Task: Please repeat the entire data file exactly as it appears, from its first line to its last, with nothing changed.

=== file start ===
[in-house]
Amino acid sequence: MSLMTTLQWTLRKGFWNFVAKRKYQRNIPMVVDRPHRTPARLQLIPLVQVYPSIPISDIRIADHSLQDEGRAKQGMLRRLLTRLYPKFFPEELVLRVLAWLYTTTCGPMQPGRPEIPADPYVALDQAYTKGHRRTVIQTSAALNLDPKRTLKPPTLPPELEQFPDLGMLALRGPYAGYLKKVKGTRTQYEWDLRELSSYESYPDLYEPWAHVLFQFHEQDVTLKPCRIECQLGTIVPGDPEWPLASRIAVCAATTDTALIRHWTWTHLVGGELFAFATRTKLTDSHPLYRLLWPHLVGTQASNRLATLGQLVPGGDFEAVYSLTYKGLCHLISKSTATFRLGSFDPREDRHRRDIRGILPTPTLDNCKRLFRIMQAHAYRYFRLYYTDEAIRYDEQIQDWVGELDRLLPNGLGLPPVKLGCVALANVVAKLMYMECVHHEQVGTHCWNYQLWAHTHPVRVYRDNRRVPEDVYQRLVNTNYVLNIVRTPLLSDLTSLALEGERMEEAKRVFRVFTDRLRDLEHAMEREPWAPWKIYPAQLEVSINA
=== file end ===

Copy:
[in-house]
Amino acid sequence: MSLMTTLQWTLRKGFWNFVAKRKYQRNIPMVVDRPHRTPARLQLIPLVQVYPSIPISDIRIADHSLQDEGRAKQGMLRRLLTRLYPKFFPEELVLRVLAWLYTTTCGPMQPGRPEIPADPYVALDQAYTKGHRRTVIQTSAALNLDPKRTLKPPTLPPELEQFPDLGMLALRGPYAGYLKKVKGTRTQYEWDLRELSSYESYPDLYEPWAHVLFQFHEQDVTLKPCRIECQLGTIVPGDPEWPLASRIAVCAATTDTALIRHWTWTHLVGGELFAFATRTKLTDSHPLYRLLWPHLVGTQASNRLATLGQLVPGGDFEAVYSLTYKGLCHLISKSTATFRLGSFDPREDRHRRDIRGILPTPTLDNCKRLFRIMQAHAYRYFRLYYTDEAIRYDEQIQDWVGELDRLLPNGLGLPPVKLGCVALANVVAKLMYMECVHHEQVGTHCWNYQLWAHTHPVRVYRDNRRVPEDVYQRLVNTNYVLNIVRTPLLSDLTSLALEGERMEEAKRVFRVFTDRLRDLEHAMEREPWAPWKIYPAQLEVSINA